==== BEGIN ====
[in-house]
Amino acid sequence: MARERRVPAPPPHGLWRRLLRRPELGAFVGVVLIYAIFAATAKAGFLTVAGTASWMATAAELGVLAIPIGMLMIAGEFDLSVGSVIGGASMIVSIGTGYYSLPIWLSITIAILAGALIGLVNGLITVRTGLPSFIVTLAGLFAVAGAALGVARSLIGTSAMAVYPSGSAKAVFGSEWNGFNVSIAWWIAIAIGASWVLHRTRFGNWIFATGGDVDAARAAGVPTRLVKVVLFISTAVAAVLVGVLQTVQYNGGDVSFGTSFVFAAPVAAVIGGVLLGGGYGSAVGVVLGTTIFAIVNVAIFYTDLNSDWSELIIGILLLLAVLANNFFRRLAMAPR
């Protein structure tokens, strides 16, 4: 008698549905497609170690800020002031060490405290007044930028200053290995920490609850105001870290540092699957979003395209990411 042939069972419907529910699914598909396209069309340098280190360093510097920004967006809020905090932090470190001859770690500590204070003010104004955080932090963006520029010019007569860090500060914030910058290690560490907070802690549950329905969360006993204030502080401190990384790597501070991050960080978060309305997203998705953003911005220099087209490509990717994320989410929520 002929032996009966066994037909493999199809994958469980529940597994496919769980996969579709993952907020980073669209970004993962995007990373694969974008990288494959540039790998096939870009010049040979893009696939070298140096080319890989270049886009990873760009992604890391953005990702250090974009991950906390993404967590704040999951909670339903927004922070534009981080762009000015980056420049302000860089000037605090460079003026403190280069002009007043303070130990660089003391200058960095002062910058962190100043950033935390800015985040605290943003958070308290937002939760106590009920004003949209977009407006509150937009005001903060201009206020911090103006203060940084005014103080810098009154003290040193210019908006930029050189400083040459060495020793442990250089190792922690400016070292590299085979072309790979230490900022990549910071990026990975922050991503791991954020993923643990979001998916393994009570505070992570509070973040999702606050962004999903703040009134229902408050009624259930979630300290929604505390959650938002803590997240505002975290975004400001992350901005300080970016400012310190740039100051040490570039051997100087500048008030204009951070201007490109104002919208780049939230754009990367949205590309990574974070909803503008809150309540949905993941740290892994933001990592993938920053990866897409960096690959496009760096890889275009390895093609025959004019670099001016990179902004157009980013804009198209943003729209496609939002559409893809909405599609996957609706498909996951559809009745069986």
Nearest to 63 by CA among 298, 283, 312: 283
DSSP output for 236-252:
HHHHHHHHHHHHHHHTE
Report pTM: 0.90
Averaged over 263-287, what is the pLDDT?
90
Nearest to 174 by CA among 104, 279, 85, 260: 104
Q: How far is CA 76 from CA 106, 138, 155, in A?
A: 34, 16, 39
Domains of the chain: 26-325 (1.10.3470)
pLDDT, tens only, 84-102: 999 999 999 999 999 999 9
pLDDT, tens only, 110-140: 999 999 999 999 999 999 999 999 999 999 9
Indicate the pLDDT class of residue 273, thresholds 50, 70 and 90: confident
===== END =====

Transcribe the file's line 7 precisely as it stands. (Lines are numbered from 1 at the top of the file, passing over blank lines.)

Report pTM: 0.90